Whether there was an agreement to sell the packing materials is a pure question of fact and that question cannot be decided on fictions or surmises. That is what has happened in this case. The Commercial Tax Officer invoked a fiction ; the Assistant Commissioner of Commercial Taxes relied upon the doctrine of 'finished product'; the Appellate Tribunal relied upon surmises; and the High Court, on the principle of implied agreement. But, none has tackled the real question. The burden lies upon the Commercial Tax Officer to prove that a turnover is liable to tax.
The Hyderabad Deccan Cigarette Factory's case  17 S.T.C. 624 (S.C.) was followed by the Supreme Court in Commissioner of Taws v. Prabhat Marketing Co. Ltd.  19 S.T.C. 84 (S.C.), where the question was whether the value of the containers in which hydrogenated oil was sold could be assessed to sales tax.
6. Now, the facts in the instant case are that the sale of cloth in large quantities, as was made by the dealer, could only be made in bales. Bardana and iron hoops formed convenient and cheap- packing material for transporting the goods to the customers. No separate price was charged for the packing material. The price was charged for the cloth either on the basis of meterage or on the basis of weight of the cloth. The price charged for the cloth bore no relation to the value of the packing material. A sample receipt, enclosed along with the order of reference, showed that the price of one bale of cloth roughly came to Rs. 1,500. Compared to that, the value of the packing material of, Rs. 4 per bale, as fixed by the assessing authority, was so insignificant that it was not possible to draw any inference that the dealer intended to sell the packing material to the customers. The burden lay upon the department to prove that there was an implied sale of the packing material liable to tax. On the material on record and on the facts found by the Tribunal, it cannot be held that the department succeeded in discharging that burden. Reference in this connection may be made to Shamsuddin Akbar Khan and Co. v. State of Orissa  26 S.T.C. 280, where the Orissa High Court took similar view in relation to the containers used for transporting tax-free gudaku. Similar view was expressed by the Allahabad High Court in Burhwal Sugar Mills Co. Ltd. v. Sales Tax Officer  23 S.T.C. 241, where the question related to gunny bags in which sugar was sold.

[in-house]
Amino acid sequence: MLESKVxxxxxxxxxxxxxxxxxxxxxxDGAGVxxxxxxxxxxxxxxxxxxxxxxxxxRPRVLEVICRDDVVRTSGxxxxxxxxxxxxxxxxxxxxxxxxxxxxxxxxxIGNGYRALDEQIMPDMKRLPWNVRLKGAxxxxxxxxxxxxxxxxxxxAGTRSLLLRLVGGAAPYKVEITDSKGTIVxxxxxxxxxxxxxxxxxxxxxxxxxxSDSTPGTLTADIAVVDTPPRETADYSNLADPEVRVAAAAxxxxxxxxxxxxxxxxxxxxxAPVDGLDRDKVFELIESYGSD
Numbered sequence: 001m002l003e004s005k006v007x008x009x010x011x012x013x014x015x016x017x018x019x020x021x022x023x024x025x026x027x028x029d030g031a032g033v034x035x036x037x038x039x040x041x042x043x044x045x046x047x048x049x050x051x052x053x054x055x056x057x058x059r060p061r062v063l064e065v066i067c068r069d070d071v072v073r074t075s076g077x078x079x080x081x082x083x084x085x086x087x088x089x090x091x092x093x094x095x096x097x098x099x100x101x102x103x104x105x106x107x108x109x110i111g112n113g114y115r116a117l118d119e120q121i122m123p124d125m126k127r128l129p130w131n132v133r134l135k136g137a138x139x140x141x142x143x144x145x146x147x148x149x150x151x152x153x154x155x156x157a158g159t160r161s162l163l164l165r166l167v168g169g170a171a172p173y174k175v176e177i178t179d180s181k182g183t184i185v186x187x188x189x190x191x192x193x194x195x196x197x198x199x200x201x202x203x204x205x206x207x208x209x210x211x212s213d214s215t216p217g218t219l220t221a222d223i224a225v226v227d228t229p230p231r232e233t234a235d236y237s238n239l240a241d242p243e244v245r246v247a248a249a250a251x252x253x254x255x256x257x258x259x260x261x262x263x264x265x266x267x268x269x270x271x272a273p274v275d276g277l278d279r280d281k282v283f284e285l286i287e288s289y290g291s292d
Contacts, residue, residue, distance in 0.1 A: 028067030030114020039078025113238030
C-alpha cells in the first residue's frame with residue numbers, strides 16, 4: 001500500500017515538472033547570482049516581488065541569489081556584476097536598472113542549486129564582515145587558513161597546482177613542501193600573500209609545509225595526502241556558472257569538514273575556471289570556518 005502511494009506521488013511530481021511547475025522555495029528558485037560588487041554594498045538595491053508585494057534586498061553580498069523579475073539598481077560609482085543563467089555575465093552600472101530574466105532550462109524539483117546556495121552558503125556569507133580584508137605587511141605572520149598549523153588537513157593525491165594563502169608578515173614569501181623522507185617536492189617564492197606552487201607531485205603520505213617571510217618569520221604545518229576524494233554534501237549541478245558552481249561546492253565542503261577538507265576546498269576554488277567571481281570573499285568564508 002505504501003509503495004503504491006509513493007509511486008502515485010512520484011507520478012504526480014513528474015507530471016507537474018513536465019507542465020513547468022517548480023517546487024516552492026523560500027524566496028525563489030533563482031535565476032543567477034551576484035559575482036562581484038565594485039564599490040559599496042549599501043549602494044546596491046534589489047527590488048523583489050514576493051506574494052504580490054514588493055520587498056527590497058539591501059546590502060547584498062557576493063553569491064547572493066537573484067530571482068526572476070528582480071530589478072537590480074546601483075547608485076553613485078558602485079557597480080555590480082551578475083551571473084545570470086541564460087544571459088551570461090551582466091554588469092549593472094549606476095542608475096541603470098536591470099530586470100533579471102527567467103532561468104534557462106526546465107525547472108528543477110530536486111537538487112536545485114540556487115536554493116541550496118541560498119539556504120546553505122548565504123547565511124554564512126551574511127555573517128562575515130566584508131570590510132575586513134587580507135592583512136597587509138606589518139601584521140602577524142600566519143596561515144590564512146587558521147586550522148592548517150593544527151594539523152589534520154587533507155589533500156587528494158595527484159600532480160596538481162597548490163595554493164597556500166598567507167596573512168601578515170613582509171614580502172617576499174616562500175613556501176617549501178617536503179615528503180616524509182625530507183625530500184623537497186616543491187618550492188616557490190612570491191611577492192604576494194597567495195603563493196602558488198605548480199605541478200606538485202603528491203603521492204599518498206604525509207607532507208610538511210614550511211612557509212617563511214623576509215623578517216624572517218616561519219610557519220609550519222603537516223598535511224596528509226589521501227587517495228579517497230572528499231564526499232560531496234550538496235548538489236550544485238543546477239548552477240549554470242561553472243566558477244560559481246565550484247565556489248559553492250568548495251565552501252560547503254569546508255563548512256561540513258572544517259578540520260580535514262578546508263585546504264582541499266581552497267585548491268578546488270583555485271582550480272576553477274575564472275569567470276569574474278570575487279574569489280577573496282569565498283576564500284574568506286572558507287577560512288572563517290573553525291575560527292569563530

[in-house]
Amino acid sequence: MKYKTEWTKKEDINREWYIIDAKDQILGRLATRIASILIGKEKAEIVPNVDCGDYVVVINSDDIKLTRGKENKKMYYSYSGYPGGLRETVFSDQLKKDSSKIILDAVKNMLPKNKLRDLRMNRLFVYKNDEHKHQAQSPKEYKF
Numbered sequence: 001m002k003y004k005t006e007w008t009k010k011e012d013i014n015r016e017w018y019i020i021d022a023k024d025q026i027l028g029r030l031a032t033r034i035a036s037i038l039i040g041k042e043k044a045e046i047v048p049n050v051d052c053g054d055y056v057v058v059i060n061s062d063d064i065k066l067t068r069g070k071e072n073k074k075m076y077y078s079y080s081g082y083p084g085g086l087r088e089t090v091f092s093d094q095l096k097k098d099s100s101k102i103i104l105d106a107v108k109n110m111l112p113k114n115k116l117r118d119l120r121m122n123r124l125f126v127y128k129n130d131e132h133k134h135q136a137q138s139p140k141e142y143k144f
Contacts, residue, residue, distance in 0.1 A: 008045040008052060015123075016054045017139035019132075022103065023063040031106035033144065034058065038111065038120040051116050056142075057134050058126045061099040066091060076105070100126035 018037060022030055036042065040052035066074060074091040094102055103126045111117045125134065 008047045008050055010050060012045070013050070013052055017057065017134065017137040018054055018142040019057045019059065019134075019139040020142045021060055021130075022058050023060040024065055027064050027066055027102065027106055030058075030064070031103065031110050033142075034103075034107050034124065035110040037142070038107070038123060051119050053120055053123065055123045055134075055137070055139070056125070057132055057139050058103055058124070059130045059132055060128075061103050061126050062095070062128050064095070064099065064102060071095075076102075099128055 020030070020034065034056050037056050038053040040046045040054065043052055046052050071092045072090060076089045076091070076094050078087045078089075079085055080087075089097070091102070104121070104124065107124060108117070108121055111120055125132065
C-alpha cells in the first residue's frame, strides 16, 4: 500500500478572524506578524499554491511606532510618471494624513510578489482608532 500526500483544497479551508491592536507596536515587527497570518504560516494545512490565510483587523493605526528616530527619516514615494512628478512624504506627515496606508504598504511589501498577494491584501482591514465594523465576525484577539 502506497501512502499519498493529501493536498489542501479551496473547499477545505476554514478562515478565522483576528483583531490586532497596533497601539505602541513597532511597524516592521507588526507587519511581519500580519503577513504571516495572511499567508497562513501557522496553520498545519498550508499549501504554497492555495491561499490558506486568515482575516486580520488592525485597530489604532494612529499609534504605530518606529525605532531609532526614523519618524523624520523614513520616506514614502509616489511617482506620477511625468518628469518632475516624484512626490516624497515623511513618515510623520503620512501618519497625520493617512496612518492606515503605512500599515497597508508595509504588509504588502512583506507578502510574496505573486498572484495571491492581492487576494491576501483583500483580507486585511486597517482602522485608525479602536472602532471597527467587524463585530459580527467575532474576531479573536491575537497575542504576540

7. Learned counsel for the department relied upon Nimar Cotton Press v. Sales Tax Officer A.I.R. 1961 M.P. 88 and Nimar Cotton Press Factory v. Commissioner of Sales Tax  21 S.T.C. 505 in support of his submission that there was an implied contract for the sale of packing material. These cases relate to works contracts and are not relevant. In Hyderabad Deccan Cigarette Factory's case  17 S.T.C. 624 (S.C.), where a number of decisions relating to works contracts were cited before the Supreme Court, their Lordships did not consider them to be relevant. In that connection it was observed :
A number of decisions have been cited at the Bar. We are not concerned in this appeal with 'works contracts' and, therefore, the decisions bearing on that subject are, not relevant for the present enquiry.
8. Learned Government Advocate also referred to M/s. Vimalchand v. Commissioner, Sales Tax, M.P. 1968 M.P.L.J. 665 In that case, which related to sale of cotton in bales, the fact that a composite price was charged by the dealer for the compressed cotton and the packing material was not disputed. In the instant case, the dealer all along asserted that no price whatsoever was charged for the packing material. M/s. Vimalchand's case6 is, therefore, distinguishable on facts.
9. On the facts and circumstances of the case, we are, therefore, of opinion that there was no sale of the packing material by the dealer.
10. As regards the second question whether coal ash is included in the entry relating to coal, which reads-'coal including coke in all its forms'- the answer is covered by a recent decision of a Division Bench of this court in Commissioner of Sales Tax, M.P. v. Samrathmal Dhoolchand Miscellaneous Civil Case No. 253 of 1967, decided on 23-12-1969; printed at page 418 infra. This case decided that coal ash was included within the entry of coal.
11. For the aforesaid reasons, we answer both the questions in the negative.